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Single- versus double-dose rabies vaccination in captive african wild dogs (lycaon pictus)
- Connolly, Maren, Thomas, Patrick, Woodroffe, Rosie, Raphael, Bonnie L.
- Journal of zoo and wildlife medicine 2015 v.46 no.4 pp. 691-698
- Lycaon pictus, Rabies virus, animals, antibodies, blood serum, fluorescence, immune response, neutralization, rabies, vaccination, vaccines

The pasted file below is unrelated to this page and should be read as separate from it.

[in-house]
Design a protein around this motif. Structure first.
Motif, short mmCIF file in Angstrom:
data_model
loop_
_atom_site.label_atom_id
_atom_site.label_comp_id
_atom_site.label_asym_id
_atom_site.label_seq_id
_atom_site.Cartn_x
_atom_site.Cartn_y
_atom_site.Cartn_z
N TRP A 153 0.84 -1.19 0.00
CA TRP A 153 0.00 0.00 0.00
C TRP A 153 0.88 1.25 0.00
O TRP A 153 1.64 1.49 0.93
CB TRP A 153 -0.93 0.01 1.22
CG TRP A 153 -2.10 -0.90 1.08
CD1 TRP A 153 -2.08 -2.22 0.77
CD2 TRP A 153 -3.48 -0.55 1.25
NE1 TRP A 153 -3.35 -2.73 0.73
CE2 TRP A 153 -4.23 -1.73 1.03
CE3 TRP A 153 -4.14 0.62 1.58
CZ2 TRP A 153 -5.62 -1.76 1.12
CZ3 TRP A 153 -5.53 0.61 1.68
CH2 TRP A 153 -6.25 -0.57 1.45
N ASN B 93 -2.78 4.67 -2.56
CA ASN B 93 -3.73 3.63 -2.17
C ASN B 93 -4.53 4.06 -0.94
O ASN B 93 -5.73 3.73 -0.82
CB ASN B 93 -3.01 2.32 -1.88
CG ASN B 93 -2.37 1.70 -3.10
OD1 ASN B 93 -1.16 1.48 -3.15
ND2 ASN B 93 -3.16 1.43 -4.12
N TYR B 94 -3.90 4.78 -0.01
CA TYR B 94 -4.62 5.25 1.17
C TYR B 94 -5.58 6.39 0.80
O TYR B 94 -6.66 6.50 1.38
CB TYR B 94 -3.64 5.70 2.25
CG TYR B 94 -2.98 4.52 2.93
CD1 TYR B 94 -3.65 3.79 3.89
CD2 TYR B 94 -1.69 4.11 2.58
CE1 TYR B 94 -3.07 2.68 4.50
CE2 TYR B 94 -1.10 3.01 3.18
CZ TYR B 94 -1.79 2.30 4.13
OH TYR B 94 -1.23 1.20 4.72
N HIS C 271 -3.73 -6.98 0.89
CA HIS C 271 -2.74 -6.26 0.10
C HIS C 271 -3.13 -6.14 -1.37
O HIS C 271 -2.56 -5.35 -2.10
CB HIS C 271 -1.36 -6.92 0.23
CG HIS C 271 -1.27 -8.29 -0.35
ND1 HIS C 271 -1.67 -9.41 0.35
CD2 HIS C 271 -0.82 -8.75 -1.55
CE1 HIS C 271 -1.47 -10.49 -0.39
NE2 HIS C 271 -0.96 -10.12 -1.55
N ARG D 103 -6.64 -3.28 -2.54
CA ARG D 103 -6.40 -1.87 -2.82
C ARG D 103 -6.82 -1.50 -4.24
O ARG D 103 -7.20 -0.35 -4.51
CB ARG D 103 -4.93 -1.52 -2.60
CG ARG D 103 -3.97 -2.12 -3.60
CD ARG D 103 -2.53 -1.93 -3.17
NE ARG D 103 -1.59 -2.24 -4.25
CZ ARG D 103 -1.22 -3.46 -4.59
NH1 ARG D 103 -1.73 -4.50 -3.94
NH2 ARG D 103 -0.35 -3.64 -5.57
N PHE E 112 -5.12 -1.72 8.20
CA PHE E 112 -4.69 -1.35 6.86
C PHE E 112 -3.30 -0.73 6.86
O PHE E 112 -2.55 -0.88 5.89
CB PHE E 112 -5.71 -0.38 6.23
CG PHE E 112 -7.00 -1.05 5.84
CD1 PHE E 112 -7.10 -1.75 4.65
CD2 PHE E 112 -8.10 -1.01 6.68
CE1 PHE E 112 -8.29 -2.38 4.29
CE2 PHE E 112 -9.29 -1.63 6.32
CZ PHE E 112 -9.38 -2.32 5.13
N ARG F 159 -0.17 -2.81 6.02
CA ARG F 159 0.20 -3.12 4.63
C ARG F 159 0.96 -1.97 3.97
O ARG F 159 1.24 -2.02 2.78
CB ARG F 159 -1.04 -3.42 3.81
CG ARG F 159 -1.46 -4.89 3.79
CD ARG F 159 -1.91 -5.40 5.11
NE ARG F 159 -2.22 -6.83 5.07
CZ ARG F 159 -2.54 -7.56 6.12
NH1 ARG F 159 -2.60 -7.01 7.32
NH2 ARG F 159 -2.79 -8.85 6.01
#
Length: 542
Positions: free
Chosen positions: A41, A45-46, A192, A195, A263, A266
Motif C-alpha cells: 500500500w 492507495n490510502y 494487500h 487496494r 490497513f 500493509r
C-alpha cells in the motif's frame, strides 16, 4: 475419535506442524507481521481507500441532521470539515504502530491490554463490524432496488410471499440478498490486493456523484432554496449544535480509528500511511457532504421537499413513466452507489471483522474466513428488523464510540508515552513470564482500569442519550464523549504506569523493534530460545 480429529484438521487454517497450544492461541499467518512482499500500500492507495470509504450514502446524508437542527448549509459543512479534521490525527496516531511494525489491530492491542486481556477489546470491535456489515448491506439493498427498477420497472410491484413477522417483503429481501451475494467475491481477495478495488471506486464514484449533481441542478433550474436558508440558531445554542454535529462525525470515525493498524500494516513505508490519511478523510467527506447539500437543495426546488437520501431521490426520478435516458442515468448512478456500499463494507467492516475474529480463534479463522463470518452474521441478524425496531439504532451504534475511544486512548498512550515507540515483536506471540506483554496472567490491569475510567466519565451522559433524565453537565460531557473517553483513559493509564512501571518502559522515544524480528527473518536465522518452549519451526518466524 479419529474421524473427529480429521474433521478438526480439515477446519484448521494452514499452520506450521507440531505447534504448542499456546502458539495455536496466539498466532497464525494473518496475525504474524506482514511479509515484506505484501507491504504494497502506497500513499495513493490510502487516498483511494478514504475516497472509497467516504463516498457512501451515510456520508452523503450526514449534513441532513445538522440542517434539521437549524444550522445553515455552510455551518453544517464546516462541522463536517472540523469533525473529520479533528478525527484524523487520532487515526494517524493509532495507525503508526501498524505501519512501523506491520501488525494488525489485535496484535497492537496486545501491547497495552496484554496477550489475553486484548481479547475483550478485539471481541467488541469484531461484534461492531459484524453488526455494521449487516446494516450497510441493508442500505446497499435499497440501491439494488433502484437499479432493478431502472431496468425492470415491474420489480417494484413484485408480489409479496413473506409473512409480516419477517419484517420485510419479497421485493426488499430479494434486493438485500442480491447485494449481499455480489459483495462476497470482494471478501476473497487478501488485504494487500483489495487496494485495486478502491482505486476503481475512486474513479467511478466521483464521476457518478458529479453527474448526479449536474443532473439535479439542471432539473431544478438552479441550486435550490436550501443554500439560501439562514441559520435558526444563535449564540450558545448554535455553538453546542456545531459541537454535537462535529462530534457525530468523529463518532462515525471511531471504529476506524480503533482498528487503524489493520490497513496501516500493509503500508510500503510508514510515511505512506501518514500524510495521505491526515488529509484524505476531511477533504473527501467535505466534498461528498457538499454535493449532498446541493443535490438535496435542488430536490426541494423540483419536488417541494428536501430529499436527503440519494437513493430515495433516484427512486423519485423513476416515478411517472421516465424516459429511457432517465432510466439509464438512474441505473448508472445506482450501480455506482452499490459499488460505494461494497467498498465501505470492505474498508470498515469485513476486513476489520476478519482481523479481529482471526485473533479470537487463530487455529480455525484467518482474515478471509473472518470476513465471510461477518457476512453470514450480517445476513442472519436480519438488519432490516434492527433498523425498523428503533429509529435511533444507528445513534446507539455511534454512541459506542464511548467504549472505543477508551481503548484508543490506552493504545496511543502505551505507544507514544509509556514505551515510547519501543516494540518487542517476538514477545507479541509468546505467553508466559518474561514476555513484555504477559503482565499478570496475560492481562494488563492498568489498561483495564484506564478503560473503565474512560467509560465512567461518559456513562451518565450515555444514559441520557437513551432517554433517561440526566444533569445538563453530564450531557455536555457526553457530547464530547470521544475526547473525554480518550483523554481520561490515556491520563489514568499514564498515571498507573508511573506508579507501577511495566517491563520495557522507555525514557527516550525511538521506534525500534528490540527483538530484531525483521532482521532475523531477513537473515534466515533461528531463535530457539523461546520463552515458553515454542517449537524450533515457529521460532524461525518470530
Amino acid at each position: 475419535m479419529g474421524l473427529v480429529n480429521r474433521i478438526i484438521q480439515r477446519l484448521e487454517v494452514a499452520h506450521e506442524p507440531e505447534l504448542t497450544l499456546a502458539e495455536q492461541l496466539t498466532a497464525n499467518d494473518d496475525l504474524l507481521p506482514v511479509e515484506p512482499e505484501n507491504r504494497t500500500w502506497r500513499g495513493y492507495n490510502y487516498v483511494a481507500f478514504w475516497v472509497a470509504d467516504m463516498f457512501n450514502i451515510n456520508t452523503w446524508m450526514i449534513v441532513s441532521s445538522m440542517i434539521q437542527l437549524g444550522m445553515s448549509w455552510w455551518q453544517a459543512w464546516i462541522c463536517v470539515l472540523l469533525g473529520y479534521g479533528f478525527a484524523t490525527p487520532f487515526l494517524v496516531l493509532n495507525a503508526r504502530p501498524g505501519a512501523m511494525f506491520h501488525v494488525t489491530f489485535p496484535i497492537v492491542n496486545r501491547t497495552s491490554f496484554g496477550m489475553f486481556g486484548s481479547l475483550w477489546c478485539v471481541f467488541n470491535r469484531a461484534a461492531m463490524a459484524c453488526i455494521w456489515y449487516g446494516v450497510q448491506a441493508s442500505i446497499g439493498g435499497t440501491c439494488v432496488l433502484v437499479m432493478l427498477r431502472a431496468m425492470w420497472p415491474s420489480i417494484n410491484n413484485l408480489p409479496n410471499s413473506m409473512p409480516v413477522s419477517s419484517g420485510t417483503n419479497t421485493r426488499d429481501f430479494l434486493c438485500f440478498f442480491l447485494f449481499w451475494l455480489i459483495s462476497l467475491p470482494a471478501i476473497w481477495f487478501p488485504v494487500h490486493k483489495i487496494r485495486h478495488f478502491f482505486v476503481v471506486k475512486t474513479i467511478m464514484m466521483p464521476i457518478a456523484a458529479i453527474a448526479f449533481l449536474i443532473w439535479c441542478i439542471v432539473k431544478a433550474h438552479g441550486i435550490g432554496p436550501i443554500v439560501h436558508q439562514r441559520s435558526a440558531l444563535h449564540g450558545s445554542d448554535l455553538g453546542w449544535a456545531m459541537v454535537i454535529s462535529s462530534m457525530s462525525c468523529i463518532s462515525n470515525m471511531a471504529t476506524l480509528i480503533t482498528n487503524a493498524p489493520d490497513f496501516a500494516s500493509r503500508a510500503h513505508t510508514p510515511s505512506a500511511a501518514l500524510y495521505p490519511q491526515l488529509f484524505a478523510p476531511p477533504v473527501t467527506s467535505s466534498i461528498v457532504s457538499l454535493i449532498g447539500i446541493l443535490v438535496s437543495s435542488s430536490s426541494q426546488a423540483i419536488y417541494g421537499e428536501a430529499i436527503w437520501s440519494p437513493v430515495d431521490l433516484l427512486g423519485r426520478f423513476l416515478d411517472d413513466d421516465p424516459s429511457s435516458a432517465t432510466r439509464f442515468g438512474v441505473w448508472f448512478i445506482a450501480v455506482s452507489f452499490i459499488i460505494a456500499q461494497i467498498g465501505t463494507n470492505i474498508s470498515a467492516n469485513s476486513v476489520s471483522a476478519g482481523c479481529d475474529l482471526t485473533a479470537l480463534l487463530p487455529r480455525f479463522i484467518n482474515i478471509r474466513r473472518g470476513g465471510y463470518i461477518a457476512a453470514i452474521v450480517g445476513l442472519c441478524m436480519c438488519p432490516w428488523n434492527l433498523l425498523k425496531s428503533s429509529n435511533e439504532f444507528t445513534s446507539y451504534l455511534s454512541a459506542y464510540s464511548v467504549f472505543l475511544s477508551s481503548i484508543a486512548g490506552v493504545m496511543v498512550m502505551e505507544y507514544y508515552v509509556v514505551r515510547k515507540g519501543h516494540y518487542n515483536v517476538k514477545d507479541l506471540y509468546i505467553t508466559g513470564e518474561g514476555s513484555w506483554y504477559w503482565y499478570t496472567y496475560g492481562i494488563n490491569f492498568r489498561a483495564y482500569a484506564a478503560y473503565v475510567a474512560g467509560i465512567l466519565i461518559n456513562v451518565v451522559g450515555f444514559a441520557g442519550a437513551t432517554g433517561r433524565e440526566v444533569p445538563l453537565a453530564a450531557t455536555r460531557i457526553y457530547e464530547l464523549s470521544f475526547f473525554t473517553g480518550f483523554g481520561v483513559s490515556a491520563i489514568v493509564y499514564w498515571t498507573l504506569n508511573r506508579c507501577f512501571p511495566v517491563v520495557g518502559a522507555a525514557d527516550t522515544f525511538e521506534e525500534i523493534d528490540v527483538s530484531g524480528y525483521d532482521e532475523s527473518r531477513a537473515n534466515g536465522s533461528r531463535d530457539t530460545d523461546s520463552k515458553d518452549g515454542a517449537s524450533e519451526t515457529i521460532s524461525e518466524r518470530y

- The immune responses of 35 captive African wild dogs (Lycaon pictus) to an inactivated rabies virus vaccine were evaluated. Seventeen animals received one 1-ml dose of inactivated rabies vaccine administered intramuscularly, while 18 received two 1-ml doses given simultaneously but at different injection sites. Sera were collected from all animals prior to vaccination and intermittently from a subset of animals between 3 and 49 mo postvaccination. Rabies neutralizing serum antibody titers were measured by rapid fluorescent focus inhibition testing. Within 3 mo postvaccination, all 28 animals that were tested within that time period had seroconverted. Overall, titers were significantly higher among animals given two doses of vaccine than among those given a single dose, although this difference was no longer significant by 15 mo postvaccination. Regardless of initial dose, a single administration of inactivated rabies virus vaccine resulted in long-term elevation of titers in the African wild dogs in this study. In the two individuals followed for greater than 36 mo, both (one from each group) maintained detectable titers.